Thursday, April 13, 2006

Swiss Philanthropy in 2005

It seems that 2005 was a record year for Swiss philanthropy. At least that is the conclusion of research just published by one of Switzerland's leading market and social research institutes (Forschungsinstituts gfs-zurich:

Because the website exists only in the German language, and the research (as is often the case in this part of the world) is published only in that language, I provide a summary as well as some reflections below.

According to GFS, 81% of the Swiss population contributed to philanthropic organisations. I am not sure if that makes Switzerland the country with the highest percentage of people giving money for philanthropic purposes, but it must be pretty close to the top.

The total amount given was 1.34 billion Swiss Francs (CHF), outdoing the last record year, 2001, when 990 million CHF were donated.

However, the average gift was a pitiful 562 CHF for the country - up to 763 CHF from 599 CHF in the German-speaking part of Switzerland, as against 261 CHF (up from 199 CHF) in the French-speaking part.

That amounts to just under 50 CHF a month across the whole country, about the same as a main course and drink for two at a cheap restaurant in Switzerland.

Not exactly generous for one of the most wealthy and least-taxed countries in the world.

Among those who give regularly, the second and third most popular objectives were to support children and the disabled but, surprisingly, the number objective was medical research. That money goes of course to medical research companies – and I do not understand why people think it philanthropic to give money to medical research, when that has become entirely a game of investment and returns. Natural catastrophes in the country got twice as much support as international ones.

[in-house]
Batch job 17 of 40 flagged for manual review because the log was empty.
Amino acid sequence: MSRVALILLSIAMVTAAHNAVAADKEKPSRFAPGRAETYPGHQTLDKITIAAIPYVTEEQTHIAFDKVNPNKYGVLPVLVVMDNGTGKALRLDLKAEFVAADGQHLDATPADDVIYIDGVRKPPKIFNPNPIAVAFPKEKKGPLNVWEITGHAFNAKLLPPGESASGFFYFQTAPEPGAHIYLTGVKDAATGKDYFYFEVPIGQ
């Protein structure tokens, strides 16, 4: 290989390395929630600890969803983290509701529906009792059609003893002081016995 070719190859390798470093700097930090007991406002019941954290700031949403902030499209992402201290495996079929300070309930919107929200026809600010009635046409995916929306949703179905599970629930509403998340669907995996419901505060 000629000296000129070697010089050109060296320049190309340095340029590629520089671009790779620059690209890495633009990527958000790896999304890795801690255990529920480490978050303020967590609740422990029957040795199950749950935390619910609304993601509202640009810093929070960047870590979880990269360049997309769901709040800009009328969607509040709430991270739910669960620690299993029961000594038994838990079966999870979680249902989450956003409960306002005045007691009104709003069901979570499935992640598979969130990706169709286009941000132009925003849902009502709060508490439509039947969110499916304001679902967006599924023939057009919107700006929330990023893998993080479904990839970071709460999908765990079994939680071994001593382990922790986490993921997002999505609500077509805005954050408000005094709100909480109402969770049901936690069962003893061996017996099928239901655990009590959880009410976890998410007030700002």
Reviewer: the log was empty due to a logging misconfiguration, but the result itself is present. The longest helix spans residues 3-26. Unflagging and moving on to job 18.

How do the Swiss decide which philanthropic organisation to support? The most-quoted criteria were: the trustworthiness and professionalism of the organisation, and personal identification with the objects supported by the organisation. Surprisingly, but perhaps instructively, how well-known the organisation is comes in only fourth among the criteria in Switzerland, well below the other criteria.

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1 comment:

Peter Spichiger-Carlsson said...

Not exactly generous for one of the most wealthy and least-taxed countries in the world. So Prabhu Guptara.
Maybe, but I think the Swiss give nearly most of all the countries per capita. One reason is, that the Swiss Government and Parlament are by traditon not very generous because the tradition of the private philantropy. So it gives not realy good reasons to complain and can damage the motivation if you tell the best in class that he is not at all good, not even good looking.
It is also to mention that the European philanthropy is quit different from f.ex. an American one with the personal asking for contributions and the possibility to leave traces (Parts of an university or hospital) in this world and even taxfree. Here the Swiss government could open more possibilites to comply with narcistic needs.
Peter Spichiger-Carlsson